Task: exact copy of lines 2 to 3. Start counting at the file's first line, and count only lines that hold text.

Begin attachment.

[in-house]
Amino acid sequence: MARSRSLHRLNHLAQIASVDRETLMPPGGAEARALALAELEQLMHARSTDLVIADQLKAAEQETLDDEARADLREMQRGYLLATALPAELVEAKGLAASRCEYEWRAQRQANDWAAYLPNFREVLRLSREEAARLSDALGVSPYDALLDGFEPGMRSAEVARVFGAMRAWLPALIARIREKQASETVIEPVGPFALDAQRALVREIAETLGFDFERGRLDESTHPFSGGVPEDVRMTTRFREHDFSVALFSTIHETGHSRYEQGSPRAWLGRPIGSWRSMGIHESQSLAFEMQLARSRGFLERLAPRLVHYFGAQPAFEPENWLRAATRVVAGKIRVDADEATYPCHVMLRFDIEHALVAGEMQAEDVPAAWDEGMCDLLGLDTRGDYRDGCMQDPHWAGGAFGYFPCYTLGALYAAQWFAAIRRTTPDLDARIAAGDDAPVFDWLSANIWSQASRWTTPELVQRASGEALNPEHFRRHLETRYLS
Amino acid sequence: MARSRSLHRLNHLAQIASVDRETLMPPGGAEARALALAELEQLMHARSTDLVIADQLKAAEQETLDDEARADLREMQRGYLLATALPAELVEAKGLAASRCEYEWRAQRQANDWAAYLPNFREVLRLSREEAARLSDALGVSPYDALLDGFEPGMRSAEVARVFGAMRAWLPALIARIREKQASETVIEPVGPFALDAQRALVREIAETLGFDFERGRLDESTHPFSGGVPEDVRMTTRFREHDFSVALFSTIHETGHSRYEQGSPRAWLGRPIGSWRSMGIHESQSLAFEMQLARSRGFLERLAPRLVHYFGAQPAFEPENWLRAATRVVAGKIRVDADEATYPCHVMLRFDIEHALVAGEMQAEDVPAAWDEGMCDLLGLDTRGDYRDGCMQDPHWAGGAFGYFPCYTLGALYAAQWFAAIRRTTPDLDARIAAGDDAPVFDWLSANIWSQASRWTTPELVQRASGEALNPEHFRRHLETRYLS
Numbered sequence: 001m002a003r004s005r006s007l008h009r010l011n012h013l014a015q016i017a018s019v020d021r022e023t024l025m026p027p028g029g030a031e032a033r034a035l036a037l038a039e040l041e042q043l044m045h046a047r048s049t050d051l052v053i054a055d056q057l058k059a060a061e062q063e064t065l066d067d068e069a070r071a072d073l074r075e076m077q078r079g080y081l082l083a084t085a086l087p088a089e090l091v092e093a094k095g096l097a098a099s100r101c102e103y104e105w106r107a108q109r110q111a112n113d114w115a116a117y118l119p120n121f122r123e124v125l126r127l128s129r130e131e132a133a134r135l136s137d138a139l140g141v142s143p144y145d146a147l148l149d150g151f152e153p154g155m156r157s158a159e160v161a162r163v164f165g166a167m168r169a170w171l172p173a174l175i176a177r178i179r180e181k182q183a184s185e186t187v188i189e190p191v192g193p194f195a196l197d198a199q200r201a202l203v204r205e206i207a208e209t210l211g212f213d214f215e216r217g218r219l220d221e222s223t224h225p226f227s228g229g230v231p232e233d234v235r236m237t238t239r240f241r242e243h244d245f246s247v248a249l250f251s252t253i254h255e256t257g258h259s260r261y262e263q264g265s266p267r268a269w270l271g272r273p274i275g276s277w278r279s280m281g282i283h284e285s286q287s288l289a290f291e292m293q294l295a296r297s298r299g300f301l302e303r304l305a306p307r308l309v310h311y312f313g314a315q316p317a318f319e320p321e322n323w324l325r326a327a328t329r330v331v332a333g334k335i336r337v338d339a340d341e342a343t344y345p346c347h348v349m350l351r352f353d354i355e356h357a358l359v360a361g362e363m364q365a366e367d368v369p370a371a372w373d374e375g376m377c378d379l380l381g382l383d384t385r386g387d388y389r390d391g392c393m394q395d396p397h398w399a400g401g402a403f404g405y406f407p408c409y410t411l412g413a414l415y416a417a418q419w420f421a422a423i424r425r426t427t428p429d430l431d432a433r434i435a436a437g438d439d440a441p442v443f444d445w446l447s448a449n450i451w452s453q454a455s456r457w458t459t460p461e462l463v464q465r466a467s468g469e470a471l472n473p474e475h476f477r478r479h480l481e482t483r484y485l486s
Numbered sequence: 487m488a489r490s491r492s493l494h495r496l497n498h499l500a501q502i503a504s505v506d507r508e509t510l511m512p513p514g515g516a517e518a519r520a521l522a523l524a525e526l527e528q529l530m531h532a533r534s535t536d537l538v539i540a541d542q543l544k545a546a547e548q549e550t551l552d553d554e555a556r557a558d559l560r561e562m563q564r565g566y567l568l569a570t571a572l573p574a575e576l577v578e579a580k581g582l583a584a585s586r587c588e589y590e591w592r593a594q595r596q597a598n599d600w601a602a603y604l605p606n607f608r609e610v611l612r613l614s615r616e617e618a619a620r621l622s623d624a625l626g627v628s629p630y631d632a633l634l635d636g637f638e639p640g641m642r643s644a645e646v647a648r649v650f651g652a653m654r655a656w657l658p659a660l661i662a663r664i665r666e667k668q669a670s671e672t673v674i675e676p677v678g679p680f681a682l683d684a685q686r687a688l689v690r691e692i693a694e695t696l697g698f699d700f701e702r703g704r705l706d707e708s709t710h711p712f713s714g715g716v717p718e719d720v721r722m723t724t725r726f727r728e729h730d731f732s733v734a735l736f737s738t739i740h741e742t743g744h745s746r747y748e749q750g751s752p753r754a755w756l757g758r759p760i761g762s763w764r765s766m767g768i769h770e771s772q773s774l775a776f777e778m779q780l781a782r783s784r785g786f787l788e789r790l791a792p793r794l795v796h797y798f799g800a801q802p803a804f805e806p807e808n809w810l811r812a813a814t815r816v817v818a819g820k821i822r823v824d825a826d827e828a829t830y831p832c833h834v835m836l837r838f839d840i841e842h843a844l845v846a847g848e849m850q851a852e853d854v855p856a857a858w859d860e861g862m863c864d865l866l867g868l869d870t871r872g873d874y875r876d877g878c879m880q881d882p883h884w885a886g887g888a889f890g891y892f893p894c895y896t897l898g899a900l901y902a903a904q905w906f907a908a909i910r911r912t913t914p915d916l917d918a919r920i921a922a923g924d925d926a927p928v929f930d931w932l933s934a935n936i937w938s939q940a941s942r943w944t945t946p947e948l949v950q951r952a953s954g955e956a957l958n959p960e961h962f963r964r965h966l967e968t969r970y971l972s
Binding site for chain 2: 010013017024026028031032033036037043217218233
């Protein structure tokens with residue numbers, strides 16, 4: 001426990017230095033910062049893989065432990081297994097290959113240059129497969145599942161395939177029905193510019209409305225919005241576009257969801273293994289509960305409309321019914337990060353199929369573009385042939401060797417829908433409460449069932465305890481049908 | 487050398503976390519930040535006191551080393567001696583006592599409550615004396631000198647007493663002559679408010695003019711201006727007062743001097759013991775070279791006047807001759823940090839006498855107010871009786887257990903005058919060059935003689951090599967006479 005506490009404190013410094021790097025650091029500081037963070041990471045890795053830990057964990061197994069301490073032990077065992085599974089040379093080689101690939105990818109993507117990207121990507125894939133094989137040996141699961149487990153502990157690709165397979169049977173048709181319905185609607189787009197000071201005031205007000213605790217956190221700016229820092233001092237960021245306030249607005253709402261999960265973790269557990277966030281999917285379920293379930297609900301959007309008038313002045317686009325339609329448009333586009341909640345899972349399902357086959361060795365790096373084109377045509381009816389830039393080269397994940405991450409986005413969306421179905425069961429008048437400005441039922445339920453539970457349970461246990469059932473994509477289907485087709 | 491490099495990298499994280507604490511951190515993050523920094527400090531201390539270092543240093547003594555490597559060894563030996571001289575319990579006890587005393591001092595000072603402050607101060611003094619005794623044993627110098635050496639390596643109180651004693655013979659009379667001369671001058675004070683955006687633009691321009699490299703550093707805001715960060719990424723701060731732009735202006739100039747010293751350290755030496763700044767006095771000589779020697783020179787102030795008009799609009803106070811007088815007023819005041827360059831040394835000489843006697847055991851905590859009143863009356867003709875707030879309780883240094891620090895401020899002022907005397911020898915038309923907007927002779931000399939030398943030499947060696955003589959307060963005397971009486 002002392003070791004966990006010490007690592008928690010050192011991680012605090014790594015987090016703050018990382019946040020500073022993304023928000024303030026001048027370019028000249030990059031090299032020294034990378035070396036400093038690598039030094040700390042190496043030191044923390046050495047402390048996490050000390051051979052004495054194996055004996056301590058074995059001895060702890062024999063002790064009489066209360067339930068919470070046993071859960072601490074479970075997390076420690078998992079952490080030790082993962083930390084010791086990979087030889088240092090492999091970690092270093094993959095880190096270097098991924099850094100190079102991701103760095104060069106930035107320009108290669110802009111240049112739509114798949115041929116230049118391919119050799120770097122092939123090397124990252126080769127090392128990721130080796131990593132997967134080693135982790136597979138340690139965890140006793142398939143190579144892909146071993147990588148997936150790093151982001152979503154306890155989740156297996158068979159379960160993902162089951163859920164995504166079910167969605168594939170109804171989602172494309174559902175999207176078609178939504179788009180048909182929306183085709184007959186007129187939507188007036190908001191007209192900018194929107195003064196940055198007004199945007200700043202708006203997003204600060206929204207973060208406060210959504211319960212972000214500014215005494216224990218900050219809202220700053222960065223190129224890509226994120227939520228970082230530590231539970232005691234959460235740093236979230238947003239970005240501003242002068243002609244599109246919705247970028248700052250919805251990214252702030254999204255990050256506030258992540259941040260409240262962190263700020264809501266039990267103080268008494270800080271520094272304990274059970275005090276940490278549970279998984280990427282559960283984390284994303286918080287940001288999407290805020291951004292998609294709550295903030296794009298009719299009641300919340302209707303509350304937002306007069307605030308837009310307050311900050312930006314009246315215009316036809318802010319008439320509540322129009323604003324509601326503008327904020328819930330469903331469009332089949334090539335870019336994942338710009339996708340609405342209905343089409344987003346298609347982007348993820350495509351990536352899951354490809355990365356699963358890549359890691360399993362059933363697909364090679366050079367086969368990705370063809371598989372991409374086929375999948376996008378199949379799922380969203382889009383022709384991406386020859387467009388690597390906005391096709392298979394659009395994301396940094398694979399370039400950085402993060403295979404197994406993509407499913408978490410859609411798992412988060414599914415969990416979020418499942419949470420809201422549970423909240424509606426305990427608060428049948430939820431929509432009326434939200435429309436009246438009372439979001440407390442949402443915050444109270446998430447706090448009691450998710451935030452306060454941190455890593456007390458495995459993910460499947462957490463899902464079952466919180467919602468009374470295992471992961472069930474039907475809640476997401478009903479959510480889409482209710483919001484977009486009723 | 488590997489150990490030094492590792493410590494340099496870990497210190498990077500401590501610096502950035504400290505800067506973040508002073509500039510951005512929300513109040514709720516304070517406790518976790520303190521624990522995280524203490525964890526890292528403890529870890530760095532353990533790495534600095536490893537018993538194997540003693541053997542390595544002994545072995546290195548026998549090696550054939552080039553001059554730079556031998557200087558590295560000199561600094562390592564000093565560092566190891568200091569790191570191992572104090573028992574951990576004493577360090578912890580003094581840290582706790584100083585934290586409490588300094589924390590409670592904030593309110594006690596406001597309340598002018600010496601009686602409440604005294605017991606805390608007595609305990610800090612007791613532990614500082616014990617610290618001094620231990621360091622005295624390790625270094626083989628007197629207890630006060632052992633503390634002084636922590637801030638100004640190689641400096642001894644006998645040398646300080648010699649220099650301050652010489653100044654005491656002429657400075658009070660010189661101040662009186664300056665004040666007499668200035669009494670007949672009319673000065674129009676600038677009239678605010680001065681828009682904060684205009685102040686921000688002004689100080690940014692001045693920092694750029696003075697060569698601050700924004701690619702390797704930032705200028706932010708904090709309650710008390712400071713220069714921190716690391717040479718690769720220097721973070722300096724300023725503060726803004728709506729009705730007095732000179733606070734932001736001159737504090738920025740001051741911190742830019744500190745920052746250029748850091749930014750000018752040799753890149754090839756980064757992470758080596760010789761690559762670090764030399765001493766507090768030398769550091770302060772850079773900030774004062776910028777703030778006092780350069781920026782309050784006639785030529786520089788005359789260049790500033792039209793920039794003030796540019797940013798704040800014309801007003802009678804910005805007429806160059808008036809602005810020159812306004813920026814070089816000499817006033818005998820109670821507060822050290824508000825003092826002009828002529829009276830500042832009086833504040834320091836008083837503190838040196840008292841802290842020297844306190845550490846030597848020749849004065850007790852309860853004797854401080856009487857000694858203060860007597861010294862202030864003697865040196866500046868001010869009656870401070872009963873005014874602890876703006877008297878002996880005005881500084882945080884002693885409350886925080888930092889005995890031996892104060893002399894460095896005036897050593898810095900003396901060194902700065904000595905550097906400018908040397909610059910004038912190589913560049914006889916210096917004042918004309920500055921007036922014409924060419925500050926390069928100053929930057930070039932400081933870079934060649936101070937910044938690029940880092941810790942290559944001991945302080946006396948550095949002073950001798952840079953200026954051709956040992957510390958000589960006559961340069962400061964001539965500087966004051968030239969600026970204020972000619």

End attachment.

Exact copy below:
Amino acid sequence: MARSRSLHRLNHLAQIASVDRETLMPPGGAEARALALAELEQLMHARSTDLVIADQLKAAEQETLDDEARADLREMQRGYLLATALPAELVEAKGLAASRCEYEWRAQRQANDWAAYLPNFREVLRLSREEAARLSDALGVSPYDALLDGFEPGMRSAEVARVFGAMRAWLPALIARIREKQASETVIEPVGPFALDAQRALVREIAETLGFDFERGRLDESTHPFSGGVPEDVRMTTRFREHDFSVALFSTIHETGHSRYEQGSPRAWLGRPIGSWRSMGIHESQSLAFEMQLARSRGFLERLAPRLVHYFGAQPAFEPENWLRAATRVVAGKIRVDADEATYPCHVMLRFDIEHALVAGEMQAEDVPAAWDEGMCDLLGLDTRGDYRDGCMQDPHWAGGAFGYFPCYTLGALYAAQWFAAIRRTTPDLDARIAAGDDAPVFDWLSANIWSQASRWTTPELVQRASGEALNPEHFRRHLETRYLS
Amino acid sequence: MARSRSLHRLNHLAQIASVDRETLMPPGGAEARALALAELEQLMHARSTDLVIADQLKAAEQETLDDEARADLREMQRGYLLATALPAELVEAKGLAASRCEYEWRAQRQANDWAAYLPNFREVLRLSREEAARLSDALGVSPYDALLDGFEPGMRSAEVARVFGAMRAWLPALIARIREKQASETVIEPVGPFALDAQRALVREIAETLGFDFERGRLDESTHPFSGGVPEDVRMTTRFREHDFSVALFSTIHETGHSRYEQGSPRAWLGRPIGSWRSMGIHESQSLAFEMQLARSRGFLERLAPRLVHYFGAQPAFEPENWLRAATRVVAGKIRVDADEATYPCHVMLRFDIEHALVAGEMQAEDVPAAWDEGMCDLLGLDTRGDYRDGCMQDPHWAGGAFGYFPCYTLGALYAAQWFAAIRRTTPDLDARIAAGDDAPVFDWLSANIWSQASRWTTPELVQRASGEALNPEHFRRHLETRYLS